Parental talk influences babys language development
Researchers at Macquarie University have carried out the study and found that the way parents talk to children is key to building their ability to understand and create sentences of their own.
"We use changes in pitch and rhythm when we talk to children, and we emphasise important words. This is what children usually learn and produce first," said Prof Katherine Demuth, the lead researcher.
But it`s not just mothers, fathers, older siblings and virtually anyone who talks to a young child naturally adopts child-directed speech, or "motherese", say the researchers.
Previous studies have suggested this helps children identify where words begin and end, and provides them with the clues needed to help them develop their own language skills, according to them.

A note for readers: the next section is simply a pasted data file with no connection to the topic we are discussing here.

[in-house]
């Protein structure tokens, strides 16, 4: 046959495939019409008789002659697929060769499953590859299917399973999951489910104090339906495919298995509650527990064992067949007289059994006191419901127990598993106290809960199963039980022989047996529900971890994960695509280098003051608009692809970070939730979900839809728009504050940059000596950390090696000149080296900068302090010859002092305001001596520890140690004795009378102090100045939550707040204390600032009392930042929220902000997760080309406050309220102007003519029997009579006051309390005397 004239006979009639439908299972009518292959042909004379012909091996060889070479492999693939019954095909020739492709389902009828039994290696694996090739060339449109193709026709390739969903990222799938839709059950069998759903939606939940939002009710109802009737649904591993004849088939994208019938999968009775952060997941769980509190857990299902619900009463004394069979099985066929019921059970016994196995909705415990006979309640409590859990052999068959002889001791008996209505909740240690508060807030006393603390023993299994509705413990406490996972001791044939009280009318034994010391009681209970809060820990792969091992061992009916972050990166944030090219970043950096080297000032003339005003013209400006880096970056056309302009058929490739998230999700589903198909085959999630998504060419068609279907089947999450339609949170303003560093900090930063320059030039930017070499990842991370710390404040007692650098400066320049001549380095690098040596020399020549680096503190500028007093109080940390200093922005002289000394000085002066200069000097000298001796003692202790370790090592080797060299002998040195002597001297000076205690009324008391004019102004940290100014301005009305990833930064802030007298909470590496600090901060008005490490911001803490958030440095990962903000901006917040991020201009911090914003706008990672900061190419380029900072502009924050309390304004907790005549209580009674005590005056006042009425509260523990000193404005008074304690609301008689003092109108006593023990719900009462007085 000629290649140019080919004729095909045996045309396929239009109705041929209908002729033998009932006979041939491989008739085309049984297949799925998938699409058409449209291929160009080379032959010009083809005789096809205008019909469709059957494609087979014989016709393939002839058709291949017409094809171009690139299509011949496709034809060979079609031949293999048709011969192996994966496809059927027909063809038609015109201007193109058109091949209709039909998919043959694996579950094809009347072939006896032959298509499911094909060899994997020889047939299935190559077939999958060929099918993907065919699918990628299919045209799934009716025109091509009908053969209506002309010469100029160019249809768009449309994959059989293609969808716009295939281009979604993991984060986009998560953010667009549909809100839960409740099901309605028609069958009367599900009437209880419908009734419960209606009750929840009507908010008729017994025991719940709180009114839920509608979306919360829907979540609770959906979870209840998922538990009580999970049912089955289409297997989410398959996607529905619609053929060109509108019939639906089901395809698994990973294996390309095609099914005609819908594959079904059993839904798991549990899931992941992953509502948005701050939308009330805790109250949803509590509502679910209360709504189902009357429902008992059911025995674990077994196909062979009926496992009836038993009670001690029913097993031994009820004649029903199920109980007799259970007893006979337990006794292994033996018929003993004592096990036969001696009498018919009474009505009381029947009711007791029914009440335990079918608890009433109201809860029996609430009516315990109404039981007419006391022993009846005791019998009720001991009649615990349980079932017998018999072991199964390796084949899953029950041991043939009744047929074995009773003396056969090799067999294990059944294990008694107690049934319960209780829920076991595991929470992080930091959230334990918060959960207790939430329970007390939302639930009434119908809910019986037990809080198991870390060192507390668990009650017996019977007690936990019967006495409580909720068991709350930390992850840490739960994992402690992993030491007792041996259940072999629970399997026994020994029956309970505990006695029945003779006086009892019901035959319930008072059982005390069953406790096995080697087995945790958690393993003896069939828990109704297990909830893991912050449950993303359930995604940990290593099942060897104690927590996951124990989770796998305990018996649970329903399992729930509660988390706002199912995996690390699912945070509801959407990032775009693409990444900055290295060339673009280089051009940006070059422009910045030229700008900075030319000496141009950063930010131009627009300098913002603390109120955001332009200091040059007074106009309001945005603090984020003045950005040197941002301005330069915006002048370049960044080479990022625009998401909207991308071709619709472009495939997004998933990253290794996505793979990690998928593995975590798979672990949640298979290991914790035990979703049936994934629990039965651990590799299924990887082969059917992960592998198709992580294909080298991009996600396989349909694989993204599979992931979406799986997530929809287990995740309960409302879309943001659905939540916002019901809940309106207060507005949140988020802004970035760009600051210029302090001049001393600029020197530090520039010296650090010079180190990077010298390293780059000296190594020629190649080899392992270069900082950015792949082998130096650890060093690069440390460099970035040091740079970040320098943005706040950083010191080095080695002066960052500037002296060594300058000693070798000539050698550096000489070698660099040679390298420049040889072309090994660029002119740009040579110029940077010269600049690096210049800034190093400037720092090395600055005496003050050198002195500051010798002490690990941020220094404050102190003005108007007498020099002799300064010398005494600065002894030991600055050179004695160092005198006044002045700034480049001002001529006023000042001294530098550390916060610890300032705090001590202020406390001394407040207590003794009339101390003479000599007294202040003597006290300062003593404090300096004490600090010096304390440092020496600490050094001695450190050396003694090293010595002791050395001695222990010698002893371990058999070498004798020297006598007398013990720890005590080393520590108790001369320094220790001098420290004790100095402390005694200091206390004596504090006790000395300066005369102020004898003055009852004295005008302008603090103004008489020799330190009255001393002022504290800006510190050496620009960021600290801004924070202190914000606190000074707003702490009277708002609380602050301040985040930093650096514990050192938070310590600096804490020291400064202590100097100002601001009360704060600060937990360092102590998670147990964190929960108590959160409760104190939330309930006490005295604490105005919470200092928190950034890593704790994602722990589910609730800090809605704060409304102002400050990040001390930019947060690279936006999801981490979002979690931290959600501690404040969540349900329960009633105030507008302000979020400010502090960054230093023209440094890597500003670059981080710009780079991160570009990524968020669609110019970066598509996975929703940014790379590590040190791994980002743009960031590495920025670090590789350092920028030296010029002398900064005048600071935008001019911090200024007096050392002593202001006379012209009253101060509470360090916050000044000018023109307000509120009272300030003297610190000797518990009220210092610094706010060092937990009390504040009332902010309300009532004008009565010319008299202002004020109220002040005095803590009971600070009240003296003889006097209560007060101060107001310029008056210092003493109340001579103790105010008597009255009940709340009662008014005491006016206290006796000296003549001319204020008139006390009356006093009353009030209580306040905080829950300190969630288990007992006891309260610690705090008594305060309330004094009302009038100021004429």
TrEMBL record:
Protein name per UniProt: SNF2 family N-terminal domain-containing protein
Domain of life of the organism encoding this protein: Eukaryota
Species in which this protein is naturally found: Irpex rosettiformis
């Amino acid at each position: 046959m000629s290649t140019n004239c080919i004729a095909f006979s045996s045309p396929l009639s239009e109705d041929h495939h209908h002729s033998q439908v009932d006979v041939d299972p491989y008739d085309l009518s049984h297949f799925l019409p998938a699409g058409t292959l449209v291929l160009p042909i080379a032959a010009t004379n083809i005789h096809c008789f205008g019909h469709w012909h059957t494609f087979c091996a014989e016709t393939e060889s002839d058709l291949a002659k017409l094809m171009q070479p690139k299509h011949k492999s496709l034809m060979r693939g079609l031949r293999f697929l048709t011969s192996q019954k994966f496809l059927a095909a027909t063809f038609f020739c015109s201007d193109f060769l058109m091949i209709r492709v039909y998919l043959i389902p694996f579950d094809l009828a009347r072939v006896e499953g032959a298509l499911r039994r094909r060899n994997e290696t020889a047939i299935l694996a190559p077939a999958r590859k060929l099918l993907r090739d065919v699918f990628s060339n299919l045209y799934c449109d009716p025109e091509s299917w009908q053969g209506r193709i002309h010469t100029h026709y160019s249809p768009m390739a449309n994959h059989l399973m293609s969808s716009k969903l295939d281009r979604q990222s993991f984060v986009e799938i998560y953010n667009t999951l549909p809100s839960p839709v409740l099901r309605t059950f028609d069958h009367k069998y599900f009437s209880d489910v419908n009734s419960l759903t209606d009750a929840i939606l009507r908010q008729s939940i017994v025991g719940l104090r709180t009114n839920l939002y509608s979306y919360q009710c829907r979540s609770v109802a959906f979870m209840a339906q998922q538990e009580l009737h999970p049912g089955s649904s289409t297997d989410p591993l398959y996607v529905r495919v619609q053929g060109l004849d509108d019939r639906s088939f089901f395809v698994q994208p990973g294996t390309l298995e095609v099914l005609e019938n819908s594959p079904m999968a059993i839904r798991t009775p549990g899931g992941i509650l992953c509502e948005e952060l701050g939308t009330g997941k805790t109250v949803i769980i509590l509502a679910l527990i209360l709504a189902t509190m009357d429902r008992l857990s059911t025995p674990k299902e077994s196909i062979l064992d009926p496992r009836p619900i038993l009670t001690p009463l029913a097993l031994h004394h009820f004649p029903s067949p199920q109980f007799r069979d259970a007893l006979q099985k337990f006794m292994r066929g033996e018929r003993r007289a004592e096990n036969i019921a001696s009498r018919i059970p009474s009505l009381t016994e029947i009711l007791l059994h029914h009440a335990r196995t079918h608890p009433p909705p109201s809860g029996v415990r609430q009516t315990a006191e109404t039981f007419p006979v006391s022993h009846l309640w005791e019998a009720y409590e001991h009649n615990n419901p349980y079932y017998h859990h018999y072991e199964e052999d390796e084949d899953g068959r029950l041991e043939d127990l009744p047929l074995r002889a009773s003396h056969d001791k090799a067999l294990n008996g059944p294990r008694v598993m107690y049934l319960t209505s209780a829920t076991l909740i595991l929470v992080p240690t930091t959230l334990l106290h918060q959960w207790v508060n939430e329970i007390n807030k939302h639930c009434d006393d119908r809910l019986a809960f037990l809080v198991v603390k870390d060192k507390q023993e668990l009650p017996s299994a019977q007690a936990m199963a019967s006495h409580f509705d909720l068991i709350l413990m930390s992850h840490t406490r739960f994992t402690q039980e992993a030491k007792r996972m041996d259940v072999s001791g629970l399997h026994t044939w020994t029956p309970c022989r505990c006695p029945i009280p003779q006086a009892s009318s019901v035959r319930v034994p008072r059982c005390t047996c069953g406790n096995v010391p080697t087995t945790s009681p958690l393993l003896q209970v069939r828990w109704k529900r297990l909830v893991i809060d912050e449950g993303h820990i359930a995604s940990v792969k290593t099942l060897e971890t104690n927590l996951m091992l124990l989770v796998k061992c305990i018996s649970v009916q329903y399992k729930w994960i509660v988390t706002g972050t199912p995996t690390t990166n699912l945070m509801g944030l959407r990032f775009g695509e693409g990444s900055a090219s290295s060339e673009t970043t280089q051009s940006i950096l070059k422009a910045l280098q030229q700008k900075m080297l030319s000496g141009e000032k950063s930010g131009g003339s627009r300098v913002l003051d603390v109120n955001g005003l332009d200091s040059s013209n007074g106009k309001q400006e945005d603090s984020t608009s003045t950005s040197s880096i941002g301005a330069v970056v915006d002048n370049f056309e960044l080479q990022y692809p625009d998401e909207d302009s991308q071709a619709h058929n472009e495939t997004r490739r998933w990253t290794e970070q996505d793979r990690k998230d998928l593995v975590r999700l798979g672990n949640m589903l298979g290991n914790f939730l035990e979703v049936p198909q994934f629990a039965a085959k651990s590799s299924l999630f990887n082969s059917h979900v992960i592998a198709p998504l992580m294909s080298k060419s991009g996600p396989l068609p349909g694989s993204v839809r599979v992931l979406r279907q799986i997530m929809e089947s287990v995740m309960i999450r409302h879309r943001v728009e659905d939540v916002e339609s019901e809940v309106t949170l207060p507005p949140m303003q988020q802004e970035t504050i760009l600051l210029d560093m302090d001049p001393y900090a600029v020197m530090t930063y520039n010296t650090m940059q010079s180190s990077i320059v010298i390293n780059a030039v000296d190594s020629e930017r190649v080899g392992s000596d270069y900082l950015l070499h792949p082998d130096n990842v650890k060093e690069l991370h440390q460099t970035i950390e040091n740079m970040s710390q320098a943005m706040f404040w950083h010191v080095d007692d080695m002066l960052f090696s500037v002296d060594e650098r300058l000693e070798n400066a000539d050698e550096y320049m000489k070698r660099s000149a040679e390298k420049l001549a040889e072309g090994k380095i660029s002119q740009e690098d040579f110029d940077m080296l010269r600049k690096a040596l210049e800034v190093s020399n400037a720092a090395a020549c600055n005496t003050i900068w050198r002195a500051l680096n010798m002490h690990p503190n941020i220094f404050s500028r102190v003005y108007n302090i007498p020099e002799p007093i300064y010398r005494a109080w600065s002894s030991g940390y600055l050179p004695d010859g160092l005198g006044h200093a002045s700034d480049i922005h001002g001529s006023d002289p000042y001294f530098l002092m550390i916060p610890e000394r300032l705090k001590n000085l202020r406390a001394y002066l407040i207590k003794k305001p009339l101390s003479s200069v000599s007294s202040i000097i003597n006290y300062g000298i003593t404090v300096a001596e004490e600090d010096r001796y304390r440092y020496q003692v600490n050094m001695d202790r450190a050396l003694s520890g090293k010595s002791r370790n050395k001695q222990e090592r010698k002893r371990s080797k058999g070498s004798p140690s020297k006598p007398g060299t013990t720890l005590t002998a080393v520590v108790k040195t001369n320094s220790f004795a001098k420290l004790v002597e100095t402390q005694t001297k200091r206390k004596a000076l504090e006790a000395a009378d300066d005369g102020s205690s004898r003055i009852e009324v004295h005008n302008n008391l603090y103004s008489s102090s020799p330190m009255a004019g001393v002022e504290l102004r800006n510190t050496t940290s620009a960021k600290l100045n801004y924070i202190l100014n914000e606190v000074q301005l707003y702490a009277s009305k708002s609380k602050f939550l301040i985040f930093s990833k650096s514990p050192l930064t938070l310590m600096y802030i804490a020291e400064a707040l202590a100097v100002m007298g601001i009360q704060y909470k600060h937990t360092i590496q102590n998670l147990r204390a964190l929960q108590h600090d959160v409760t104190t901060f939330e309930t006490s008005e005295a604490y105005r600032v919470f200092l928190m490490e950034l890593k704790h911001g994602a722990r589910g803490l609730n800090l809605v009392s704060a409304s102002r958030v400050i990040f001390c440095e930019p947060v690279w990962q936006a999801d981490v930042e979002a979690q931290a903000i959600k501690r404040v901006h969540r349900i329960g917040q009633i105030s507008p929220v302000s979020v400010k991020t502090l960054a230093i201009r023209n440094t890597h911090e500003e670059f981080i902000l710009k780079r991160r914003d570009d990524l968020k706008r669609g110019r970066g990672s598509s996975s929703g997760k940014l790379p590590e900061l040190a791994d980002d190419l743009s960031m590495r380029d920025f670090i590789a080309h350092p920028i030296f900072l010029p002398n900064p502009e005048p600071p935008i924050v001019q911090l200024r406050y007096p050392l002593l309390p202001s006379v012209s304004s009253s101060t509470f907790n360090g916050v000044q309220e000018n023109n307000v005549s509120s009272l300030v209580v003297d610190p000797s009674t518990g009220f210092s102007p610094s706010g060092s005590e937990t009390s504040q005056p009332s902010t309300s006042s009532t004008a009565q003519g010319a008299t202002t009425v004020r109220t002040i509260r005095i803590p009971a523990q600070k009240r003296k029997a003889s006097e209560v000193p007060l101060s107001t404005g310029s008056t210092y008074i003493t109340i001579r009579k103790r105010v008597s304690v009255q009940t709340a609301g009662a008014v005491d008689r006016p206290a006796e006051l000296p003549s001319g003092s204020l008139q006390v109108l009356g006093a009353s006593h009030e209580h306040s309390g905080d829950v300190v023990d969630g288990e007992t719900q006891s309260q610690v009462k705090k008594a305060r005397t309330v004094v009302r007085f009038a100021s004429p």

"A child learning their first language is like an adult learning a second one -you have no idea what`s going on and it`s just one long speech stream. Child-directed speech helps unpack this for children and gives them the tools to help them identify sounds, syllables and finally words and sentences," said Prof Demuth.
The researchers recommend a simple method for developing language skills -talking and reading to children.